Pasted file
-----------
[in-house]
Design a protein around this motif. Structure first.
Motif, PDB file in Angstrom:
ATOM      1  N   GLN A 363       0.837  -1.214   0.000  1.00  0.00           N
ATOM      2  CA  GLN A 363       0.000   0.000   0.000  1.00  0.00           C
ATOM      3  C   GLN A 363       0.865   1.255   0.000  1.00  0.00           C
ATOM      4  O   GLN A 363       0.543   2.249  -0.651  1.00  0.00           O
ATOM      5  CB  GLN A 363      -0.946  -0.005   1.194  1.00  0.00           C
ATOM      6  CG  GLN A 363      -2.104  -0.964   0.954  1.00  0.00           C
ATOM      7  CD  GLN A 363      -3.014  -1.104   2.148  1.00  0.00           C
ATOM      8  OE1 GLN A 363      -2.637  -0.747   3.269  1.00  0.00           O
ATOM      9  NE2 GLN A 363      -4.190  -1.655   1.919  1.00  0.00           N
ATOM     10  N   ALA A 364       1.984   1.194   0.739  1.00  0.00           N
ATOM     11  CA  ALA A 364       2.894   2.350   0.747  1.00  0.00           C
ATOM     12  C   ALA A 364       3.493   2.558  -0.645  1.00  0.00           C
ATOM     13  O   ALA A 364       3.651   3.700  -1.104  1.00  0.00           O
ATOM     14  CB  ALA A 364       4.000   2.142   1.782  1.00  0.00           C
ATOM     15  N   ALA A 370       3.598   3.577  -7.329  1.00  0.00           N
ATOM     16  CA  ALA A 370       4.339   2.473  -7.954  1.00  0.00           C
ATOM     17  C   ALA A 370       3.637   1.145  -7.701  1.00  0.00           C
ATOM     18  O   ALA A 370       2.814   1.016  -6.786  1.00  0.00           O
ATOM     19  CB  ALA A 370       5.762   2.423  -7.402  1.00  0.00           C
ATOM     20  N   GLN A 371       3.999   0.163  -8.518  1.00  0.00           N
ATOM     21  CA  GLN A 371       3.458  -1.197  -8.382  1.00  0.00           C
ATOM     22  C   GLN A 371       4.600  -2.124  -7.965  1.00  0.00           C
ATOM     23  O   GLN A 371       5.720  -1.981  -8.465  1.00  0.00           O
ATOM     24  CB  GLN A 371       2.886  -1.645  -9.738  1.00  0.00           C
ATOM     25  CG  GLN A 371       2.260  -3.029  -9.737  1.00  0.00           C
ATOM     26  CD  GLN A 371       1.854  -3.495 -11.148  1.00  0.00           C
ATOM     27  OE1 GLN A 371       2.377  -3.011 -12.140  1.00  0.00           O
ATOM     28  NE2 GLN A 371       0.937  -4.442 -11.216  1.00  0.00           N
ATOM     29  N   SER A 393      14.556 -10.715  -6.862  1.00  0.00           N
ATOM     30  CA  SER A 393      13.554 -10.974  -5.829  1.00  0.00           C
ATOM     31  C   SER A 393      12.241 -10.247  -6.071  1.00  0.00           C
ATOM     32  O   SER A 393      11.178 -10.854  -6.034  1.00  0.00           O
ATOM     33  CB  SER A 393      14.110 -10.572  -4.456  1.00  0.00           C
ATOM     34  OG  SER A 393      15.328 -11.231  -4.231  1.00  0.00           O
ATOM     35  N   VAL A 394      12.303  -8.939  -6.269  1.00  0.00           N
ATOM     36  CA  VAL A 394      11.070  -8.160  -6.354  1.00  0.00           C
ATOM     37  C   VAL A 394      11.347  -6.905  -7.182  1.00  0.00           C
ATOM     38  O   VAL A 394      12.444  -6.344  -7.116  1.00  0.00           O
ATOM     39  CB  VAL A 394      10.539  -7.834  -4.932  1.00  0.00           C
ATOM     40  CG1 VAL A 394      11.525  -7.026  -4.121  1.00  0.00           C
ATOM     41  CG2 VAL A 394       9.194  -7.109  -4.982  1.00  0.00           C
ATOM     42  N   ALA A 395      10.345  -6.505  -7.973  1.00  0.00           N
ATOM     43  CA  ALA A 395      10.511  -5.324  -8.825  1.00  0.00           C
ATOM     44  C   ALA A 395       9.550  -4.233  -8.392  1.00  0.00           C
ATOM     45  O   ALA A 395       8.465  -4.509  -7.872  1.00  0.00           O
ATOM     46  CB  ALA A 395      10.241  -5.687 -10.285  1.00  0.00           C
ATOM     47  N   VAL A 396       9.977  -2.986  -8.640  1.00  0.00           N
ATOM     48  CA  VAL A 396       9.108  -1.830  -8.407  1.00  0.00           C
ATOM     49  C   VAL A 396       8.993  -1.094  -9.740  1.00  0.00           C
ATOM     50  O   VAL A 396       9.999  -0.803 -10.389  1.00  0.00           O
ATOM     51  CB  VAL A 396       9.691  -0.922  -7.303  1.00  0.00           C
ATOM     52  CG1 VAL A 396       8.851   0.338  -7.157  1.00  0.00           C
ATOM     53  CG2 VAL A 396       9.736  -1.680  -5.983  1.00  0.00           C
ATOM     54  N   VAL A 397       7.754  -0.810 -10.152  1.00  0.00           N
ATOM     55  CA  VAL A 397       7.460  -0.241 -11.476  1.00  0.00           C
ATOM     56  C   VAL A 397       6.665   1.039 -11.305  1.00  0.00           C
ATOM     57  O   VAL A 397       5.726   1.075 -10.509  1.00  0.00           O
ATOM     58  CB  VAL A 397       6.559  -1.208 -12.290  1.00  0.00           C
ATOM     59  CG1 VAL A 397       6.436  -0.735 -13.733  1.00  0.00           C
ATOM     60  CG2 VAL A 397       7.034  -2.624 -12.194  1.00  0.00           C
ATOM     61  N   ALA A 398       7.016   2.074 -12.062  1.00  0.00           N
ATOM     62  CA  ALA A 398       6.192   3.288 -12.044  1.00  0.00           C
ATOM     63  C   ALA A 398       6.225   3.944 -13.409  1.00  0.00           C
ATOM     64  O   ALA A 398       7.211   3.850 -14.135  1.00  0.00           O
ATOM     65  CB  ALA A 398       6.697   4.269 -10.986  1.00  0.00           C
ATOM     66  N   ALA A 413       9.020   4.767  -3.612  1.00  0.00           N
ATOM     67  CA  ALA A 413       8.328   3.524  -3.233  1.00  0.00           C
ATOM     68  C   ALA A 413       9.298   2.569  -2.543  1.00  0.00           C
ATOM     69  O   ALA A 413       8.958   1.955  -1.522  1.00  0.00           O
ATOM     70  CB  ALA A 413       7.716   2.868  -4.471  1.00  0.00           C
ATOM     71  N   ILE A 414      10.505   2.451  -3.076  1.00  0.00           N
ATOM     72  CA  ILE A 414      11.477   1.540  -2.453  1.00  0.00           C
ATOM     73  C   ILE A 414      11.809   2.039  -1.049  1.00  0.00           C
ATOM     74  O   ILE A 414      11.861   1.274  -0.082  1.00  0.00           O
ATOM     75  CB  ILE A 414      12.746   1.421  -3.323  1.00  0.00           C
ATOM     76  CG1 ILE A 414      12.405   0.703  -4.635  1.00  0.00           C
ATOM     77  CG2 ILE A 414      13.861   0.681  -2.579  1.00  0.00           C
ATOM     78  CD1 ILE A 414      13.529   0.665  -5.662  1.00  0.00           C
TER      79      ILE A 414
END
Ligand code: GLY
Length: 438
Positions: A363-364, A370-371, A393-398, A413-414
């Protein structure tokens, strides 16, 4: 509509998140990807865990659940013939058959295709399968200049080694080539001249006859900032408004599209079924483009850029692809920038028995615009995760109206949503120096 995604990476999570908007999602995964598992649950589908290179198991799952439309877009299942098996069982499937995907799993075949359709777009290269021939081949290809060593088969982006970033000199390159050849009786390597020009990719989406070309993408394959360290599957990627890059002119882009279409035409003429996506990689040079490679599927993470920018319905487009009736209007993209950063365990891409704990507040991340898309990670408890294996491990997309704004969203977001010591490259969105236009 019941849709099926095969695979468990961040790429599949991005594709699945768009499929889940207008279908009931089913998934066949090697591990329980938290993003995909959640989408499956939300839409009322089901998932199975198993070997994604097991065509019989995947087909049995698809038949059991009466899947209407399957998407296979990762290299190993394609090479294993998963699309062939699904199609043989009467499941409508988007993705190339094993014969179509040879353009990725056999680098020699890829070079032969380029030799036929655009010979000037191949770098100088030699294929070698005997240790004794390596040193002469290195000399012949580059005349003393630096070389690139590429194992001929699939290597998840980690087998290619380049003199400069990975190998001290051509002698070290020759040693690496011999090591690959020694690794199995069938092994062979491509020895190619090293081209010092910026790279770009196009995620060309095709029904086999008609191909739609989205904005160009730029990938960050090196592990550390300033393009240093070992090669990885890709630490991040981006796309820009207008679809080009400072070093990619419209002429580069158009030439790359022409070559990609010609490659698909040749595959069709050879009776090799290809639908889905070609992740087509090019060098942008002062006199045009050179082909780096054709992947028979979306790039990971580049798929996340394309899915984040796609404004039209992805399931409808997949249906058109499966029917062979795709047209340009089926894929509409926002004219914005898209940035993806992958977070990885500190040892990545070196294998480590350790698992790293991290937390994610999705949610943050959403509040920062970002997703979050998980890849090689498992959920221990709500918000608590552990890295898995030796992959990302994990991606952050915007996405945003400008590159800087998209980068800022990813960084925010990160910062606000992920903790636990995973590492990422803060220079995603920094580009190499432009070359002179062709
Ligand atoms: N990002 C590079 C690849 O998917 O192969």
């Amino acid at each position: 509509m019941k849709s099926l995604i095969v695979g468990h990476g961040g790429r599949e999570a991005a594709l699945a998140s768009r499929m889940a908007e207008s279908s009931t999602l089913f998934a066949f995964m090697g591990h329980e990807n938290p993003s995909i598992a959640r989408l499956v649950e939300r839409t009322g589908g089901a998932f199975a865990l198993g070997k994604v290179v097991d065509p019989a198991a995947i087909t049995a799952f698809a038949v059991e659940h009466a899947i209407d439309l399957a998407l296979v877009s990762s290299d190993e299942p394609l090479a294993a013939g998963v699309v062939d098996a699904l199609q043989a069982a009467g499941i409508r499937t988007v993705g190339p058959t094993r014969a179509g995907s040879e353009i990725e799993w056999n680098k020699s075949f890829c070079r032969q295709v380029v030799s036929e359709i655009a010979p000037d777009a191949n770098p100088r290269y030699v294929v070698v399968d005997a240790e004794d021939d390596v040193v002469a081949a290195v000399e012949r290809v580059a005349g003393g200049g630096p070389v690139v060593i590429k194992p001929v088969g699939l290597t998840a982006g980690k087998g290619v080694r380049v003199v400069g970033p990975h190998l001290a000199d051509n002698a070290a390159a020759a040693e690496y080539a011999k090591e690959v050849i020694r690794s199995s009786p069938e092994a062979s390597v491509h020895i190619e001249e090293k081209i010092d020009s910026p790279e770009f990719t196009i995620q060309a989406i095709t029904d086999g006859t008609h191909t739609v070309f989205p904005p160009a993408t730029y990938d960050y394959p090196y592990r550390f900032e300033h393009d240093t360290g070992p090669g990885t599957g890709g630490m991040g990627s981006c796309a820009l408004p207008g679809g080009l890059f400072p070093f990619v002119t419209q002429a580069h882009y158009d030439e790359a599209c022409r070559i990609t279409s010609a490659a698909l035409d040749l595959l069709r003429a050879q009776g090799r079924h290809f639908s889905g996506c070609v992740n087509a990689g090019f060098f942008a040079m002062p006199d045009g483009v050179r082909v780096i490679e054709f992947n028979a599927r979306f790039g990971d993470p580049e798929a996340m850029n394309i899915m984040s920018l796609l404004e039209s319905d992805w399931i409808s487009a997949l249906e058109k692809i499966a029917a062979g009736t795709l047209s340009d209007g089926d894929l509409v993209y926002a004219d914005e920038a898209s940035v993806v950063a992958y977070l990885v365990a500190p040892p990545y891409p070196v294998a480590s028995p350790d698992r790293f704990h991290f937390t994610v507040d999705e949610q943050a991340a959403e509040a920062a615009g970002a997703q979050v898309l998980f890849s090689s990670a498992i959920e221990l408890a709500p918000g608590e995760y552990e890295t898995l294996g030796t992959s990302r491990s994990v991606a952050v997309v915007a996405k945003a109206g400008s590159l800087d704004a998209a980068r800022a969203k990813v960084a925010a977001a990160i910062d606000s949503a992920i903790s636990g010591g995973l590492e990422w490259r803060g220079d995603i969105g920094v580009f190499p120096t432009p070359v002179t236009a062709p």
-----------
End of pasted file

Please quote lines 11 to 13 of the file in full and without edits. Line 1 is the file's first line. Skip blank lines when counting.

ATOM      8  OE1 GLN A 363      -2.637  -0.747   3.269  1.00  0.00           O
ATOM      9  NE2 GLN A 363      -4.190  -1.655   1.919  1.00  0.00           N
ATOM     10  N   ALA A 364       1.984   1.194   0.739  1.00  0.00           N